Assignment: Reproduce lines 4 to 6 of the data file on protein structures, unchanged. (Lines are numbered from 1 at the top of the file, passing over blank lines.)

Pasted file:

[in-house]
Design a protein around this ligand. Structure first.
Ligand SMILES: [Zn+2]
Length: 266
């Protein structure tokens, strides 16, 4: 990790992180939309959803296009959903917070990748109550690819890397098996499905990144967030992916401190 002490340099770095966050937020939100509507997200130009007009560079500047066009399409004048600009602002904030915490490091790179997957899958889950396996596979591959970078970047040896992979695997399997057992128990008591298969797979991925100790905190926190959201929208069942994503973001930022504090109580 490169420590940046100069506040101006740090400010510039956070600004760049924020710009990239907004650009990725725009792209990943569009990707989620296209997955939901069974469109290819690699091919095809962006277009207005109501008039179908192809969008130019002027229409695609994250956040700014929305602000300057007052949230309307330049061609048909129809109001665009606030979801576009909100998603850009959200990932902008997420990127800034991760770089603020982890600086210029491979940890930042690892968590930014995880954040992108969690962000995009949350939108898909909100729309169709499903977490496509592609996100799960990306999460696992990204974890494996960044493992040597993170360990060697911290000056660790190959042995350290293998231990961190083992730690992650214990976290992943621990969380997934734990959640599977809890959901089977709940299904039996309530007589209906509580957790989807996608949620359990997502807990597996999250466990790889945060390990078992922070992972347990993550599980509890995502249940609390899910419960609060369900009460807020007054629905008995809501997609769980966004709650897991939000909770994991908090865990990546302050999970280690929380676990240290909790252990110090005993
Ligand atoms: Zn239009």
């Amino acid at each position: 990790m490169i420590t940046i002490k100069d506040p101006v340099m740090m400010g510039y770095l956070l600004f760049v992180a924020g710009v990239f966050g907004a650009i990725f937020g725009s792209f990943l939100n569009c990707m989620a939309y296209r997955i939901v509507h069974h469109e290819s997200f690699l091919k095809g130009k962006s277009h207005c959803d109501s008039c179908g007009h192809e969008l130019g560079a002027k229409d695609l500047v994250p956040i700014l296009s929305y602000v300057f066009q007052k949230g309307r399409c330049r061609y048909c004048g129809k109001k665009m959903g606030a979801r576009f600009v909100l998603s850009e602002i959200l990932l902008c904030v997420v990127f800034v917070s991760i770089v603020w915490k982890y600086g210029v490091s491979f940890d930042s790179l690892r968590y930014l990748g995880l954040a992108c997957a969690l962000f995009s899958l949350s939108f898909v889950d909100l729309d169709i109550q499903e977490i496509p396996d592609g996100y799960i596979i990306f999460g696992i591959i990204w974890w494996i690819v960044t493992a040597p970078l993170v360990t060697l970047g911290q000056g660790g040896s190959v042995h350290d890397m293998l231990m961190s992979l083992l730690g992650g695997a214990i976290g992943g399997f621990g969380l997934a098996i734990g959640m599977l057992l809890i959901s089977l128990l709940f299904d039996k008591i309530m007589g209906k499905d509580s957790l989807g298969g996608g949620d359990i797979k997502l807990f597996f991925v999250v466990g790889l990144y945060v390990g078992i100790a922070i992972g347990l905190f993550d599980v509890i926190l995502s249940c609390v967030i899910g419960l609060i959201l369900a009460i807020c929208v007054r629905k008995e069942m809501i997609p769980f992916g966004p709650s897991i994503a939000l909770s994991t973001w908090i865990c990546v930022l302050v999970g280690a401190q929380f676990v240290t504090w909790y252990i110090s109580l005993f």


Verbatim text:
Length: 266
């Protein structure tokens, strides 16, 4: 990790992180939309959803296009959903917070990748109550690819890397098996499905990144967030992916401190 002490340099770095966050937020939100509507997200130009007009560079500047066009399409004048600009602002904030915490490091790179997957899958889950396996596979591959970078970047040896992979695997399997057992128990008591298969797979991925100790905190926190959201929208069942994503973001930022504090109580 490169420590940046100069506040101006740090400010510039956070600004760049924020710009990239907004650009990725725009792209990943569009990707989620296209997955939901069974469109290819690699091919095809962006277009207005109501008039179908192809969008130019002027229409695609994250956040700014929305602000300057007052949230309307330049061609048909129809109001665009606030979801576009909100998603850009959200990932902008997420990127800034991760770089603020982890600086210029491979940890930042690892968590930014995880954040992108969690962000995009949350939108898909909100729309169709499903977490496509592609996100799960990306999460696992990204974890494996960044493992040597993170360990060697911290000056660790190959042995350290293998231990961190083992730690992650214990976290992943621990969380997934734990959640599977809890959901089977709940299904039996309530007589209906509580957790989807996608949620359990997502807990597996999250466990790889945060390990078992922070992972347990993550599980509890995502249940609390899910419960609060369900009460807020007054629905008995809501997609769980966004709650897991939000909770994991908090865990990546302050999970280690929380676990240290909790252990110090005993
Ligand atoms: Zn239009």